The body of a mutilated man is found and connected to the report of a missing father and his two sons, Graham and Peterson, to Jensen (Olin Howland), an alcoholic patient in a Los Angeles hospital "drunk tank". He reveals that he's been seeing giant ants outside his window for the past 5 months. The room overlooks the Los Angeles River. When they go down to investigate, they find a broken model airplane. A call to Mrs. Lodge (Mary Ann Hokanson) confirms that the father was flying a model airplane with his sons in the river basin.

Given this significant threat, the U. S. Army declares martial law and a curfew for Los Angeles; more troops are assigned to find and then assault the new nest in the storm drains under the city.

Peterson finds the two missing boys alive deep inside the drain system, but they are trapped by the ants' nest. He calls for reinforcements and goes in alone to rescue the boys, finally getting them to safety. Before he can escape, he is attacked by a giant ant. Graham arrives too late with the reinforcements and Peterson dies. But the troops fight off the ants just before a cave-in temporarily cuts off Graham. Several ants charge him, and he is able to hold them off long enough for the other troops to tunnel through and rescue him. The queen and her young "princess" hatchlings are quickly discovered and then destroyed using flamethrowers.

The last thing the ants see in Them!
The film ends with Graham asking if these ants were a result of the first atomic tests, what else might there be from the subsequent tests? This leads the senior Medford to warn: "When man entered the atomic age, he opened the door to a new world. What we may eventually find in that new world, no one can predict."

With the atomic age upon us and the Cold War heating up, the effects of radiation were a real concern to movie-going audiences. Them! takes that fear and tells a compelling story based on it. There are some things that don’t make sense along the way, like why a New Mexico State trooper would be leading Army commandos against a nest of giant ants in the sewers of Los Angeles? But part of the low budget charm in these kinds of films is the cast gets used throughout, in situations, say shooting bazookas that you’d think there’d be specialists to do. 

Otherwise the film is fairly fast paced, suspenseful and if you only know what they tell you in the movie, credible.

Considering the type of movie this is, there are many solid actors in the film, including several who would go on to find fame and fortune on television. This was a studio picture, Warner Bros., so it is not surprising they were using people they probably already had under contract. Chief among the actors who would go onto to bigger things on smaller screens was James Arness, who had graduated from playing The Thing From Another World to playing FBI agent Graham. The next year, Arness would start playing his best known and longest running role, Matt Dillon on TV’s Gunsmoke (1955 to 1975).

But in addition to Arness, William Schallert, who had a small role as an ambulance attendant, would go on to play Patty Lane’s father Martin on The Patty Duke Show (1963 to 1966). And Leonard Nimoy, who was uncredited in Them! would go on to play Mr. Spock on Star Trek (1966 to 1969) and in subsequent related films.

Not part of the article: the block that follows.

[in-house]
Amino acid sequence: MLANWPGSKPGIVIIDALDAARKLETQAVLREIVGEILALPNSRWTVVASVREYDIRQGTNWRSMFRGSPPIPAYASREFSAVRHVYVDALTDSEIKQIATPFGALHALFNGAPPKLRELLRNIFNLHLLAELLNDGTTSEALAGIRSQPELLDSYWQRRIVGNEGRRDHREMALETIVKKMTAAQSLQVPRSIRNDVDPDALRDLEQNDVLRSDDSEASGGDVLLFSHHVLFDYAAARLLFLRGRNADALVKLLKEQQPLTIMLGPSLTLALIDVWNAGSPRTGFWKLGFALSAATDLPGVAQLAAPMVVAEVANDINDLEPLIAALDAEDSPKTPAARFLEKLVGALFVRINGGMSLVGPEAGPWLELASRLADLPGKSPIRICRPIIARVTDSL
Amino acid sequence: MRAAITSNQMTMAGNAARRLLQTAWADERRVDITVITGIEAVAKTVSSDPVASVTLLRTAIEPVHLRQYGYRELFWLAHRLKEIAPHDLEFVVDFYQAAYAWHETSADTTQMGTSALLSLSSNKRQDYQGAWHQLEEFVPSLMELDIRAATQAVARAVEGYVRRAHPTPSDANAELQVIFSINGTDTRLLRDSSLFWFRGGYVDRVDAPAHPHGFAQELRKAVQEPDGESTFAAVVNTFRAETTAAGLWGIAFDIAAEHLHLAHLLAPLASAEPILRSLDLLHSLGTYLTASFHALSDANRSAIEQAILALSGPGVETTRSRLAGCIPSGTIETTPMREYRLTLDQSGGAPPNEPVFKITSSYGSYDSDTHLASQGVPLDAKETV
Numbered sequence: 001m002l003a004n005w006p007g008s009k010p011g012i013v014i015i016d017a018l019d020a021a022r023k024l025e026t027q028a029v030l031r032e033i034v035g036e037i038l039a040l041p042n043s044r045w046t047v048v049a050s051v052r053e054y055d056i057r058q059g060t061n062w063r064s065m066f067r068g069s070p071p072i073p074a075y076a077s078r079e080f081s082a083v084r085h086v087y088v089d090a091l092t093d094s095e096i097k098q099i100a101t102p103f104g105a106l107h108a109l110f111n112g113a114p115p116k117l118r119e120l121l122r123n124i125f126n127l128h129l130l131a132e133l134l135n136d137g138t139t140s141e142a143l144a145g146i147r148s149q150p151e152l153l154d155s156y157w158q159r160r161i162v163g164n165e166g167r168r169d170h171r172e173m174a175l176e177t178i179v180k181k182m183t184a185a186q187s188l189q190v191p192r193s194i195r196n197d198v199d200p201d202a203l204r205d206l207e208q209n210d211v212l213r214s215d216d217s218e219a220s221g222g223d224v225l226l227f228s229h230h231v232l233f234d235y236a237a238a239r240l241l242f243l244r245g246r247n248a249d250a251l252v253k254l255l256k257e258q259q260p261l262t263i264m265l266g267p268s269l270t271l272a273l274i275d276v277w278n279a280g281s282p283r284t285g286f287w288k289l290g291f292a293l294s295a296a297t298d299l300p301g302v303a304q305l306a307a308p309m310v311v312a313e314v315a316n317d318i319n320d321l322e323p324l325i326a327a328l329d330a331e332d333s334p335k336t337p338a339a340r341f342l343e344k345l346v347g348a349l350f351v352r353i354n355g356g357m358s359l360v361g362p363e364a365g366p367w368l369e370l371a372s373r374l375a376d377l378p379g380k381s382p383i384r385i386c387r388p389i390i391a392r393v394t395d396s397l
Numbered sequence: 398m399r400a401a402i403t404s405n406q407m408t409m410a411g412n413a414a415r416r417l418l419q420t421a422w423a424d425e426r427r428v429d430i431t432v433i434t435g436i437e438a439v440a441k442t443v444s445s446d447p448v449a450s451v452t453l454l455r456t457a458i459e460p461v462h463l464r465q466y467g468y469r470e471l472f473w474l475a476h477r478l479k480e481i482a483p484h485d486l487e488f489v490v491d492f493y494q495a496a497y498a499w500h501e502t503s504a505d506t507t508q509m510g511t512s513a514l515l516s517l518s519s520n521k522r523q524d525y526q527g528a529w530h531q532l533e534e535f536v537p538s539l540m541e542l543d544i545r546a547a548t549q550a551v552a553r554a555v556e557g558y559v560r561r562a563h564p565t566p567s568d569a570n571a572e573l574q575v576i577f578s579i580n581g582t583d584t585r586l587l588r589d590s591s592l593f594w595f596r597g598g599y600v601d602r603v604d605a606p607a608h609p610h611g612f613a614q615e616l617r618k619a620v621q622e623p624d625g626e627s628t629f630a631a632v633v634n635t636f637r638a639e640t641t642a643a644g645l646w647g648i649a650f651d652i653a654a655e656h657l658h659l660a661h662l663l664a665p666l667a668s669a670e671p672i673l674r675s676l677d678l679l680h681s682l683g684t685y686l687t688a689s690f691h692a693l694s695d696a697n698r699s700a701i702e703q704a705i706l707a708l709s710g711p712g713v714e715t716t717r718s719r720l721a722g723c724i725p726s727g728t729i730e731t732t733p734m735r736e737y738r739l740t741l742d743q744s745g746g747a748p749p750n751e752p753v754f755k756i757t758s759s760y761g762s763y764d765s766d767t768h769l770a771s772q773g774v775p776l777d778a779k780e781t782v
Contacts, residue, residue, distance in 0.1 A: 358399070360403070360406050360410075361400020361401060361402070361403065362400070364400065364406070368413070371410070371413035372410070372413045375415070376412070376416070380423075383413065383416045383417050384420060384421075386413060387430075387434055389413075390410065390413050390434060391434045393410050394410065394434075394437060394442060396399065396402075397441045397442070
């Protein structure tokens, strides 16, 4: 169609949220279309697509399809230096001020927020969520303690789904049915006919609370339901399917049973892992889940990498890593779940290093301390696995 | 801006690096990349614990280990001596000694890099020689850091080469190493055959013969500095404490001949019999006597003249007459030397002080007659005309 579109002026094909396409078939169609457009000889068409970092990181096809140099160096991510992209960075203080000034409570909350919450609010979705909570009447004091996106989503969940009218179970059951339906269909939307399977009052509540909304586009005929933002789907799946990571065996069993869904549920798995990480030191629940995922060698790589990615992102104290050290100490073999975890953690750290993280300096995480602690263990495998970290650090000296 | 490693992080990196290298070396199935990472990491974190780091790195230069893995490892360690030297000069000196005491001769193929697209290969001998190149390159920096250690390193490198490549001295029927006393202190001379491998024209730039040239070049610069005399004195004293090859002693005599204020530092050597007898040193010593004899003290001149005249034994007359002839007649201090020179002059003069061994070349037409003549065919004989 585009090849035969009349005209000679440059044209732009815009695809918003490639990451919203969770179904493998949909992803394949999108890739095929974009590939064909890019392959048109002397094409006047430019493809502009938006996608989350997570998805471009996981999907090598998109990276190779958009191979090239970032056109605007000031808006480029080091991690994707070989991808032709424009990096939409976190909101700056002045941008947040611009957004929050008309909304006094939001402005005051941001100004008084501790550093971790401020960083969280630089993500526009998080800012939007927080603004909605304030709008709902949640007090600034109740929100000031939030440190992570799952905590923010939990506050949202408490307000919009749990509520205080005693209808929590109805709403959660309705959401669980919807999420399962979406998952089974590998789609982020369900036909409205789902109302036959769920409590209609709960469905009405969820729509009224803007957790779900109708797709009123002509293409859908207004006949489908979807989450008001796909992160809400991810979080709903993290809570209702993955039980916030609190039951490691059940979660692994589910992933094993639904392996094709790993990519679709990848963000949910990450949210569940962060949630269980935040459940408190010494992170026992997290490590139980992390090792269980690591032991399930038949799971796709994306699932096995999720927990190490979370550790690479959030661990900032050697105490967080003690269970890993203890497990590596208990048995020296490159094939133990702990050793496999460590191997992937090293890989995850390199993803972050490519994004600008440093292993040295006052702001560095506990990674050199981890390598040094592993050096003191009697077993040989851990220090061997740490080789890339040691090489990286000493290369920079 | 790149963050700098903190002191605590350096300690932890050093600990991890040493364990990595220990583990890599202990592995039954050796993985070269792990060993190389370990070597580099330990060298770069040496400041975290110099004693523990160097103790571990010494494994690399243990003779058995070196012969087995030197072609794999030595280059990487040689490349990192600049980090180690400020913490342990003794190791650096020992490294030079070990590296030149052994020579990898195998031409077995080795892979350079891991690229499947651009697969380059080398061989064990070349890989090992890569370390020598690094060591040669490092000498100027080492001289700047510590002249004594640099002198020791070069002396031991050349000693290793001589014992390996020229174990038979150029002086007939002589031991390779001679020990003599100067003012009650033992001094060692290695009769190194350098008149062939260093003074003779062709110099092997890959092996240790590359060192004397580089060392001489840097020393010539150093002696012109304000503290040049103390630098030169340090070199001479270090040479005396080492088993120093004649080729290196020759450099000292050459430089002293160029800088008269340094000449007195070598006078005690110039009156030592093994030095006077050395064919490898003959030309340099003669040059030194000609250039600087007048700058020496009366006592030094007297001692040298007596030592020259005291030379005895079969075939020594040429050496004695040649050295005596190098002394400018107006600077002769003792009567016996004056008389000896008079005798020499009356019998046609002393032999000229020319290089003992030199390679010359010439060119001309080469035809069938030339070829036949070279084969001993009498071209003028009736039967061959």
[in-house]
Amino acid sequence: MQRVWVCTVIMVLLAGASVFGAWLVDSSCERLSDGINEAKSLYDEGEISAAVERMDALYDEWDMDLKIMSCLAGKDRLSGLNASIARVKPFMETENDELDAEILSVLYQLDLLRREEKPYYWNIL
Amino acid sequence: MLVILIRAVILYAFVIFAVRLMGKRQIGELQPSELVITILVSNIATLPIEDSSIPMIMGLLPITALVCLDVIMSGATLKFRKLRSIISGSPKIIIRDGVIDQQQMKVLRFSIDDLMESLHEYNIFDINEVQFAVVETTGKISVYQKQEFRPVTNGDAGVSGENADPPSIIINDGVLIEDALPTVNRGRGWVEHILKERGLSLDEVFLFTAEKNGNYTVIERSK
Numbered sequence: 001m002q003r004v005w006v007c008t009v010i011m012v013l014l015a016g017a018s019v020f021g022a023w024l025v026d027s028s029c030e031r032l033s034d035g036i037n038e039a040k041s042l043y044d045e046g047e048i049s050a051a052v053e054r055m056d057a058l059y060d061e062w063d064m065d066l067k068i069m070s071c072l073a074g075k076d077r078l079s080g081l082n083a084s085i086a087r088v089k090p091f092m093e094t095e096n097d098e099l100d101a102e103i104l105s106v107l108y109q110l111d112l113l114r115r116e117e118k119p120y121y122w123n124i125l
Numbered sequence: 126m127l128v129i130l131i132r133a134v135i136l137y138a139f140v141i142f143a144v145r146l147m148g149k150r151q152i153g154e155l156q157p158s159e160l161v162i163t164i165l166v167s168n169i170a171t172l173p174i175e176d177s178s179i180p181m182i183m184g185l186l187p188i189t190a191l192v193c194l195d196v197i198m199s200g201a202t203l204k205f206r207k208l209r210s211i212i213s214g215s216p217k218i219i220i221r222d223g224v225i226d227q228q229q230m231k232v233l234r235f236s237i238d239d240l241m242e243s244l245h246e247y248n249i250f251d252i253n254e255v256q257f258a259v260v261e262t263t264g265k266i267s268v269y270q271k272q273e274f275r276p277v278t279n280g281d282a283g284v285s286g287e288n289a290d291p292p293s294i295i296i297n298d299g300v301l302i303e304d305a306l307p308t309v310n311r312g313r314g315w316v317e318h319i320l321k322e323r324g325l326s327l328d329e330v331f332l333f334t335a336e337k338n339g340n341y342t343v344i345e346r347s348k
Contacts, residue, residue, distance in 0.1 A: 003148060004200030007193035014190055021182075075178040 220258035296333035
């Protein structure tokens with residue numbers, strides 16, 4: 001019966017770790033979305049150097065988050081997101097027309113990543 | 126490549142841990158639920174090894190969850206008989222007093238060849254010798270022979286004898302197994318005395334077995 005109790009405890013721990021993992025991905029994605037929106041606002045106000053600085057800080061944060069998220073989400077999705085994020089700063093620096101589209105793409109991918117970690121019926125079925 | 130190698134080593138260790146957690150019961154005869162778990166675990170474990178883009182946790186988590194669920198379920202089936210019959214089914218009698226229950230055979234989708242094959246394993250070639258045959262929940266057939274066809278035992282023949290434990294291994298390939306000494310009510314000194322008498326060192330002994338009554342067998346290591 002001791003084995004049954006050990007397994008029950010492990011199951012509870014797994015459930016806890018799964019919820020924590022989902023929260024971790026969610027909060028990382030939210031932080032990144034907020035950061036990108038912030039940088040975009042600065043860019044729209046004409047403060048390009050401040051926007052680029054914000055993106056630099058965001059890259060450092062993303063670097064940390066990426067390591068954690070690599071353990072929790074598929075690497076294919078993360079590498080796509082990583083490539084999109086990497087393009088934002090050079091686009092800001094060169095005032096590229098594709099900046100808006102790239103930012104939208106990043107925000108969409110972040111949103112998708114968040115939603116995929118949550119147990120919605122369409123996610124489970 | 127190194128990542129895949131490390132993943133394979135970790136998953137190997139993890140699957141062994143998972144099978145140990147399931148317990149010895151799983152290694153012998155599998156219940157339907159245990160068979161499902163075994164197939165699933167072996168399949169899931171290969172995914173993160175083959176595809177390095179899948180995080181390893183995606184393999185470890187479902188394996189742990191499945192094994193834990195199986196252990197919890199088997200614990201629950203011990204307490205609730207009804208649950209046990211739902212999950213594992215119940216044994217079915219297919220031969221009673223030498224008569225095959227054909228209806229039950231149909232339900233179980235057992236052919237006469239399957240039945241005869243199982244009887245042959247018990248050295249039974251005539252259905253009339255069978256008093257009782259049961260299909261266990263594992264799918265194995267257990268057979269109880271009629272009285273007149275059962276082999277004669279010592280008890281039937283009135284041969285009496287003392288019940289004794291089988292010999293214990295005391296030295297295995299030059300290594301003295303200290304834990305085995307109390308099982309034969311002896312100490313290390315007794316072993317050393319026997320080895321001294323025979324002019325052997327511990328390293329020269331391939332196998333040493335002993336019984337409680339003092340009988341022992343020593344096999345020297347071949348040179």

Leonard Nimoy of Star Trek fame had a bit part in Them!

While James Whitmore would also have his own TV series, The Law and Mr. Jones (1960-61), he is better known for his movie roles, including Gus Minissi in The Asphalt Jungle (1950) and Harry Truman in Give ‘Em Hell, Harry (1975). Whitmore was twice nominated for Academy Awards; once for Best Supporting Actor for his role in Battleground (1949) and once for Best Actor of Give ‘Em Hell, Harry.

Joan Weldon, who played the eye candy 1950’s horror films seemed to require, had a rather short career in films. She has only appeared in very few films and television shows from 1953 to 1958. Her role as Dr. Pat Medford is by far her best known part. She returned to her career as a performer in road company productions and retired in 1980.

Edmund Gwenn and Joan Weldon play father/daughter entomologists in Them!

The actor who played her father, Edmund Gwenn, on the other hand had a very long career in films, appearing in over 80 features from silents on. A cousin of actor Cecil Kellaway (The Postman Always Rings Twice), Gwenn may be best remembered for his role as Santa Claus in Miracle on 34th Street (1947), for which he won the Academy Award for Best Supporting Actor. He won a second Academy Award for his role in Mister 880 (1950).

Gwenn also appeared in two Hitchcock films, as the cockney assassin in Foreign Correspondent (1940) and later in The Trouble With Harry (1955). A British born actor who moved to Hollywood, he appeared as Katherine Hepburn’s father in Sylvia Scarlett (1935). Adept at playing both comedy and dramatic roles, Gwenn’s last British film was Cheer Boys Cheer (1939), which is considered to be the prototype for Ealing Comedies, which would be made by the Ealing studio after World War II.

Them! was the first of several films having to do with irradiated beasts. Godzilla (1954) would be roused by nuclear testing at the Bikini Islands, giant spiders would threaten mankind in World Without End (1956) and grasshoppers would mutate into bus-sized abominations after coming into contact with radioactive fertilizers in Beginning of the End (1957) to name a few.

Ironically, it is the ants in Them! that are perhaps the most disappointing aspects. The film would go on to to be nominated for Best Special Effects, which must say something about the state of special effects in the mid-1950’s. I’ve learned that the ants used in the movie required a team of operators to move and that shows. These ants don’t scurry, they lumber and look more clumsy than menacing.

This is actually a good shot of one of the ants from Them!

I read one article that claimed Them! was Warner Bros.' highest-grossing film of the year and I’ve also read that it was the 51st highest grossing film of the year, bringing in $2.2 million in box-office rentals. Either Warners had a really bad year or this Slate magazine story is wrong.

Them!, no matter what it made at the box-office, is still a fun diversion and very much worth watching. If you’re looking for the best radiated mutant insect monster movie to watch, look no further.

Them! is available as part of a collection at the WB Shop: